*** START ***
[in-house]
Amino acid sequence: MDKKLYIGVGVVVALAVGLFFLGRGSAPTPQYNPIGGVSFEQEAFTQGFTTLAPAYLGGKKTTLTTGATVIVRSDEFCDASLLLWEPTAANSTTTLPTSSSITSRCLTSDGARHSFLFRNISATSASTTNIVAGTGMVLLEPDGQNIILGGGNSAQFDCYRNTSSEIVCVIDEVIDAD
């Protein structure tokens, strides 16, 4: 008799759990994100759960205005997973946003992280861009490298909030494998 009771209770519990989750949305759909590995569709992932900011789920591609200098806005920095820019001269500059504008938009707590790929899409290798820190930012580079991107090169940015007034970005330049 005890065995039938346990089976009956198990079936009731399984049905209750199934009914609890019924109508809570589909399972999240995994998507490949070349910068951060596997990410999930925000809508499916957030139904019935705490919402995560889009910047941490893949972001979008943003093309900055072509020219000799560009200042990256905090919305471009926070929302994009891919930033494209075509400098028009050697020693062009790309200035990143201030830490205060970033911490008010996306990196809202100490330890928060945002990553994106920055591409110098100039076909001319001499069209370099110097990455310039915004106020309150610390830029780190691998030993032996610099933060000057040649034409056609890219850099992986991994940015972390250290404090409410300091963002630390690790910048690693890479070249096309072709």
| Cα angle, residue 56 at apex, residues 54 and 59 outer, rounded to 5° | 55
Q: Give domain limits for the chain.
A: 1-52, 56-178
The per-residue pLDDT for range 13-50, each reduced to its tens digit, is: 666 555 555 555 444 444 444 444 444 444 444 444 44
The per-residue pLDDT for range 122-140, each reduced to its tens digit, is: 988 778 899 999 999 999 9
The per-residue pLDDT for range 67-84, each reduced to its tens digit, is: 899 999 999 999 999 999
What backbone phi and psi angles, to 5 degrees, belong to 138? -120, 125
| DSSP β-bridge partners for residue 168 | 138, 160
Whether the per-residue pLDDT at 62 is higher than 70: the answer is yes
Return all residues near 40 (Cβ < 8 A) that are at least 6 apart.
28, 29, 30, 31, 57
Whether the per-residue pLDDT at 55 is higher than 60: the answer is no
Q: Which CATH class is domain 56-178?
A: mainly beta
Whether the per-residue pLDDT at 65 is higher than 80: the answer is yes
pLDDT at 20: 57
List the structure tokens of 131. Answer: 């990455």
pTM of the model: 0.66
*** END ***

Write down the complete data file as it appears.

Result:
[in-house]
Amino acid sequence: MDKKLYIGVGVVVALAVGLFFLGRGSAPTPQYNPIGGVSFEQEAFTQGFTTLAPAYLGGKKTTLTTGATVIVRSDEFCDASLLLWEPTAANSTTTLPTSSSITSRCLTSDGARHSFLFRNISATSASTTNIVAGTGMVLLEPDGQNIILGGGNSAQFDCYRNTSSEIVCVIDEVIDAD
């Protein structure tokens, strides 16, 4: 008799759990994100759960205005997973946003992280861009490298909030494998 009771209770519990989750949305759909590995569709992932900011789920591609200098806005920095820019001269500059504008938009707590790929899409290798820190930012580079991107090169940015007034970005330049 005890065995039938346990089976009956198990079936009731399984049905209750199934009914609890019924109508809570589909399972999240995994998507490949070349910068951060596997990410999930925000809508499916957030139904019935705490919402995560889009910047941490893949972001979008943003093309900055072509020219000799560009200042990256905090919305471009926070929302994009891919930033494209075509400098028009050697020693062009790309200035990143201030830490205060970033911490008010996306990196809202100490330890928060945002990553994106920055591409110098100039076909001319001499069209370099110097990455310039915004106020309150610390830029780190691998030993032996610099933060000057040649034409056609890219850099992986991994940015972390250290404090409410300091963002630390690790910048690693890479070249096309072709």
| Cα angle, residue 56 at apex, residues 54 and 59 outer, rounded to 5° | 55
Q: Give domain limits for the chain.
A: 1-52, 56-178
The per-residue pLDDT for range 13-50, each reduced to its tens digit, is: 666 555 555 555 444 444 444 444 444 444 444 444 44
The per-residue pLDDT for range 122-140, each reduced to its tens digit, is: 988 778 899 999 999 999 9
The per-residue pLDDT for range 67-84, each reduced to its tens digit, is: 899 999 999 999 999 999
What backbone phi and psi angles, to 5 degrees, belong to 138? -120, 125
| DSSP β-bridge partners for residue 168 | 138, 160
Whether the per-residue pLDDT at 62 is higher than 70: the answer is yes
Return all residues near 40 (Cβ < 8 A) that are at least 6 apart.
28, 29, 30, 31, 57
Whether the per-residue pLDDT at 55 is higher than 60: the answer is no
Q: Which CATH class is domain 56-178?
A: mainly beta
Whether the per-residue pLDDT at 65 is higher than 80: the answer is yes
pLDDT at 20: 57
List the structure tokens of 131. Answer: 């990455």
pTM of the model: 0.66